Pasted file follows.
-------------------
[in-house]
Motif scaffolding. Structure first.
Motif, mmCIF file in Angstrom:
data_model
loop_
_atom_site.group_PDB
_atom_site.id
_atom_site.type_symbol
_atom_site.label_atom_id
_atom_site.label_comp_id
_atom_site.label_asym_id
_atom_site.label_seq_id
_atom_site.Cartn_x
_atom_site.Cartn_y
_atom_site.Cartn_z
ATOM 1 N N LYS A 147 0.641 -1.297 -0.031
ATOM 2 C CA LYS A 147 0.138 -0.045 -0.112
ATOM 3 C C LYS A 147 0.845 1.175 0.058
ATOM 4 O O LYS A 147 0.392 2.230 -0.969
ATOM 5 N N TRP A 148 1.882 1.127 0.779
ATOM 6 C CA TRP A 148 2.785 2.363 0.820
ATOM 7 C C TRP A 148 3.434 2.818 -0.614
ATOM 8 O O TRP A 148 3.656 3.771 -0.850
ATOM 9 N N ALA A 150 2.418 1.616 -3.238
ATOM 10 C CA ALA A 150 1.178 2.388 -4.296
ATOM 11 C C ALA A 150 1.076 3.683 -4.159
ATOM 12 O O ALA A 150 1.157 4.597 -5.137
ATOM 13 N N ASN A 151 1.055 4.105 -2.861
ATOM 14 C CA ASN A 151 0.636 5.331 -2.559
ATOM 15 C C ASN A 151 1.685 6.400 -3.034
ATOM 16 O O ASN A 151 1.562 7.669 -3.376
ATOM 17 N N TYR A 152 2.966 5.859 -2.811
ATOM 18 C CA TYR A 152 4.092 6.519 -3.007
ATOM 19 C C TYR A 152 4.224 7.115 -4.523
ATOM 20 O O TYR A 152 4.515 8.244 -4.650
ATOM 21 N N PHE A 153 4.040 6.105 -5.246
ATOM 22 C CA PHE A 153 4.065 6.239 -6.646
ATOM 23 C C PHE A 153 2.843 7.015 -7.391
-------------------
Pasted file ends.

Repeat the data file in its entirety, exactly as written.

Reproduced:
[in-house]
Motif scaffolding. Structure first.
Motif, mmCIF file in Angstrom:
data_model
loop_
_atom_site.group_PDB
_atom_site.id
_atom_site.type_symbol
_atom_site.label_atom_id
_atom_site.label_comp_id
_atom_site.label_asym_id
_atom_site.label_seq_id
_atom_site.Cartn_x
_atom_site.Cartn_y
_atom_site.Cartn_z
ATOM 1 N N LYS A 147 0.641 -1.297 -0.031
ATOM 2 C CA LYS A 147 0.138 -0.045 -0.112
ATOM 3 C C LYS A 147 0.845 1.175 0.058
ATOM 4 O O LYS A 147 0.392 2.230 -0.969
ATOM 5 N N TRP A 148 1.882 1.127 0.779
ATOM 6 C CA TRP A 148 2.785 2.363 0.820
ATOM 7 C C TRP A 148 3.434 2.818 -0.614
ATOM 8 O O TRP A 148 3.656 3.771 -0.850
ATOM 9 N N ALA A 150 2.418 1.616 -3.238
ATOM 10 C CA ALA A 150 1.178 2.388 -4.296
ATOM 11 C C ALA A 150 1.076 3.683 -4.159
ATOM 12 O O ALA A 150 1.157 4.597 -5.137
ATOM 13 N N ASN A 151 1.055 4.105 -2.861
ATOM 14 C CA ASN A 151 0.636 5.331 -2.559
ATOM 15 C C ASN A 151 1.685 6.400 -3.034
ATOM 16 O O ASN A 151 1.562 7.669 -3.376
ATOM 17 N N TYR A 152 2.966 5.859 -2.811
ATOM 18 C CA TYR A 152 4.092 6.519 -3.007
ATOM 19 C C TYR A 152 4.224 7.115 -4.523
ATOM 20 O O TYR A 152 4.515 8.244 -4.650
ATOM 21 N N PHE A 153 4.040 6.105 -5.246
ATOM 22 C CA PHE A 153 4.065 6.239 -6.646
ATOM 23 C C PHE A 153 2.843 7.015 -7.391